Read any article on computing or technology and you’re likely to see the words “Managed Services” scattered throughout. It seems everyone is using the term, but no one is really defining it. The technology industry is always coming up with new terms just about the time everyone has learned the last set of buzzwords.
Many resellers and network service providers are using the terminology as well. Maybe you’ve heard this already from your technology vendors. If you haven’t, we think you’ll be hearing it sooner rather than later.
What Is Managed Service for IT?
So, what is “Managed Service?” In its simplest form, it’s exactly as the term implies. You arrange for someone else to provide a service that needs to be performed for the successful operation of your business. One could make the argument that janitorial or lawn care services are a type of “managed service.” Closer to home, in the technology field, you will find printer cartridge vendors using the term to differentiate themselves from their competition.
The key element often missing in these examples is management. It’s one thing to provide a service. It’s quite another to take over the management functions in regard to that service.
In this article we will clarify what “Managed IT Services” means to us and provide you with the information you need to make a decision about whether or not it’s something that fits into your business. Specifically, we’re going to examine how this term applies to your computer network and IT infrastructure.
How Do You View Managed Service?
The small-to-medium businesses and enterprise businesses typically look at managed services differently (and they should.) Gartner, the world’s leading IT research and advisory company, has stated that the average costs associated with a workstation in a large organization is between $5,000-10,000 annually. Included in those estimates are IT personnel, hardware, software, energy costs, required upgrades, outside consulting services and employee training. Most small-to-medium businesses would never consider a budget that large for a single workstation, in some cases this could be the budget for their entire technology infrastructure.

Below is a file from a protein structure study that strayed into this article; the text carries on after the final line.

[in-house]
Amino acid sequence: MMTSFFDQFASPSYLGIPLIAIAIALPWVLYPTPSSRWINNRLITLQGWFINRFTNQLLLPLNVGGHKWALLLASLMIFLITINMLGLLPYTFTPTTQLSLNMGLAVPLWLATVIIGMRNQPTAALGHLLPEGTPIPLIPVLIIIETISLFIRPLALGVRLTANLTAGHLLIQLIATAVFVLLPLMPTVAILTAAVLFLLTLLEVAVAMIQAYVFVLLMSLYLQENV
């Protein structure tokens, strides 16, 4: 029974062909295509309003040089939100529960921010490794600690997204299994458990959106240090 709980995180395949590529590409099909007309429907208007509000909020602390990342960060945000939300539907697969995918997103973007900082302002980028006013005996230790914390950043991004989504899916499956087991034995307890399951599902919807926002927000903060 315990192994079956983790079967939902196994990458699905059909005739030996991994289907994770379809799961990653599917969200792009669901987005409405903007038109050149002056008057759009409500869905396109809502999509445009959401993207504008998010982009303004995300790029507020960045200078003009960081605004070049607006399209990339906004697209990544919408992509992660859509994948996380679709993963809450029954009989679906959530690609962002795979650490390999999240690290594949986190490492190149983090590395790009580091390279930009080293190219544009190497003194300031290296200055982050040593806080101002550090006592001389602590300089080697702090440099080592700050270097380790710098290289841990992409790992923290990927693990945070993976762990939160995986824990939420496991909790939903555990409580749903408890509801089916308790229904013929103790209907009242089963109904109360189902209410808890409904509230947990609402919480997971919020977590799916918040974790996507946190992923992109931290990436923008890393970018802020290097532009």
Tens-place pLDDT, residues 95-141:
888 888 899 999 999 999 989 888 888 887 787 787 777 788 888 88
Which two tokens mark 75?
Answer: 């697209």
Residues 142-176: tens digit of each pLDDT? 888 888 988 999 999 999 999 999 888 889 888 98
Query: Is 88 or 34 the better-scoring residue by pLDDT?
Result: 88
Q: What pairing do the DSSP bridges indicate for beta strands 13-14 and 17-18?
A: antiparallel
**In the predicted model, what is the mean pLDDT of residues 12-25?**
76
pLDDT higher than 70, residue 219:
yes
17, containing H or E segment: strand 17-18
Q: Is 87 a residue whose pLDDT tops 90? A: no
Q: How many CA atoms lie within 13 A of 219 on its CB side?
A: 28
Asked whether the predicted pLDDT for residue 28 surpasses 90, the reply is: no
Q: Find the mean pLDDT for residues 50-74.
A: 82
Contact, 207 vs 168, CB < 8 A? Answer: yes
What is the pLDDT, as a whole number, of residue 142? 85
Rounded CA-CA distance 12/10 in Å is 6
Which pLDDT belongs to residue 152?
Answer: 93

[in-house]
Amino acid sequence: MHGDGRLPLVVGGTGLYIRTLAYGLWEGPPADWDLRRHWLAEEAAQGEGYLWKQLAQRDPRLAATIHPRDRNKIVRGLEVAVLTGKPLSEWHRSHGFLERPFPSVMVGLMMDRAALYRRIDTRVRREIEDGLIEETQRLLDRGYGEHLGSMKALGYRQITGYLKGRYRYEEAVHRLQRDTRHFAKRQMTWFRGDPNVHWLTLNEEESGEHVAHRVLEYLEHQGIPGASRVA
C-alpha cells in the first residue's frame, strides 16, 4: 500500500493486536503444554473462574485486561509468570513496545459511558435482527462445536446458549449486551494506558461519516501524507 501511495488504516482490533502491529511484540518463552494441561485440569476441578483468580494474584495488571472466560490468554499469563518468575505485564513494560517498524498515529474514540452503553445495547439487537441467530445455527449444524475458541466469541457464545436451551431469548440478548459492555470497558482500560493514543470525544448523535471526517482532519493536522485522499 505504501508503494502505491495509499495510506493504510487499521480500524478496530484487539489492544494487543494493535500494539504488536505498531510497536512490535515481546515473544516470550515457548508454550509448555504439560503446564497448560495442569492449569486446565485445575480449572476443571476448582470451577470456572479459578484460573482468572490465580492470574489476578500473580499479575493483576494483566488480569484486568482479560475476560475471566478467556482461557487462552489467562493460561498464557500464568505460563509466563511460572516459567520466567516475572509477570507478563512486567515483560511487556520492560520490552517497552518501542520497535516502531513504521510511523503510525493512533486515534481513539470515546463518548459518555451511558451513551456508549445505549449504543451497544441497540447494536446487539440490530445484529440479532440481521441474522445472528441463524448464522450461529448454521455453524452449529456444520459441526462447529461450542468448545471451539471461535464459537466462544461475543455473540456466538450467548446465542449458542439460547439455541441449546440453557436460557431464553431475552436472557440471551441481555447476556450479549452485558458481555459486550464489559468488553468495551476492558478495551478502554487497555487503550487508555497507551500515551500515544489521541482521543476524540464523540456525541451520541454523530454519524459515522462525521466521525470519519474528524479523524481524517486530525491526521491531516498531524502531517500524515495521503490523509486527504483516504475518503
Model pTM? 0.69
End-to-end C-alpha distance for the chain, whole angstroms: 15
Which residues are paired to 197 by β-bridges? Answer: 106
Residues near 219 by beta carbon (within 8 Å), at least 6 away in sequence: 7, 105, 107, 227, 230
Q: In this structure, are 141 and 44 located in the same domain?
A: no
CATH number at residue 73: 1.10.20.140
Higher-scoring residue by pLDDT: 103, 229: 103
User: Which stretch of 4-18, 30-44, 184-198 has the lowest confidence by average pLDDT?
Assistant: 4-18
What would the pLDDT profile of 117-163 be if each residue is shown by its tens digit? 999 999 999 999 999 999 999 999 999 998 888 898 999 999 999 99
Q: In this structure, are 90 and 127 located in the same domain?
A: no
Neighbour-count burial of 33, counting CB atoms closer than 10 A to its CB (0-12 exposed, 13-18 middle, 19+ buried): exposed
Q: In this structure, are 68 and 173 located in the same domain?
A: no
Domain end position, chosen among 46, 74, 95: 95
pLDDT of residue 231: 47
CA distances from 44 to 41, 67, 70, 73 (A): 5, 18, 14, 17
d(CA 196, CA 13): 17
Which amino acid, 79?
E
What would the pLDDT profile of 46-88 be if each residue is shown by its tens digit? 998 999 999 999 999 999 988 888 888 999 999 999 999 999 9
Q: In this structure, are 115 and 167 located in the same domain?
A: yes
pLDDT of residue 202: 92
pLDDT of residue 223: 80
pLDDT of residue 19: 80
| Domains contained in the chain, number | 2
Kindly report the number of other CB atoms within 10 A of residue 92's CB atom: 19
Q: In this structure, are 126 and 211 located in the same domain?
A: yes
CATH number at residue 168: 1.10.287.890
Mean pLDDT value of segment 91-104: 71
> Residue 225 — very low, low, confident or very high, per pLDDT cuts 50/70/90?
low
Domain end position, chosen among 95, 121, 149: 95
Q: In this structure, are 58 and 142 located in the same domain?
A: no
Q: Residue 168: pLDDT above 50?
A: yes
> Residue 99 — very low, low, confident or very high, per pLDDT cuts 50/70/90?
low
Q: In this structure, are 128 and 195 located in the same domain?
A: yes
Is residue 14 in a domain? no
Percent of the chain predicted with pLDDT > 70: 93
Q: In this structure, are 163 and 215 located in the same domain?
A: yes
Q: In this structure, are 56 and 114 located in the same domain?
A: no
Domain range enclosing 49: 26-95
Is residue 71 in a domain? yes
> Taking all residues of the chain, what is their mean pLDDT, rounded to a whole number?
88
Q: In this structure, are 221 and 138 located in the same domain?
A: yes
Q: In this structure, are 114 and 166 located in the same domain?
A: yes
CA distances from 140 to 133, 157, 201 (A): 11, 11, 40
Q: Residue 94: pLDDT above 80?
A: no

Why does this disparity exist? The main reason is that in larger organizations there are more variables to consider. There are more switches, routers, patch panels, power supplies, software packages and tools, operating systems and other hardware. Most large organizations have planned replacement schedules for these items. They can’t wait for something to become inoperable before they replace it. They’ve learned that planning for replacement saves downtime and the corresponding costs.
Enterprise organizations have been using tools to help manage their networks for years. Perhaps you’ve seen pictures of the NASA-looking rooms with flat-screen monitors everywhere. Also, larger organizations often implement a more strict usage and security policy for their users, locking down workstations to limit the amount of variables and the resulting problems. They plan updates and patches for the least amount of interruption. They rotate workstations on a set schedule. They plan operating system and productivity tool upgrades. They replace key infrastructure components like routers and switches on a regular basis.
A Gartner study showed that the more workstations/users were managed this way, the more savings was accumulated. A slightly managed environment saved 10% compared to the highly managed at 42%. As a leading Managed IT Service Provider in Waukesha, ToSolution is committed to providing the most savings possible to our clients. (source: http://www.gartner.com/newsroom/id/636308)
Most organizations with less than 50 users can’t afford to hire a qualified network engineer proficient in all aspects of network administration. It’s also unlikely they are going to replace a desktop computer every 4 years if it’s still working. Similarly, they don’t need database administrators or three levels of help desk personnel. So, how does this enterprise model apply to the small-to-medium business environment?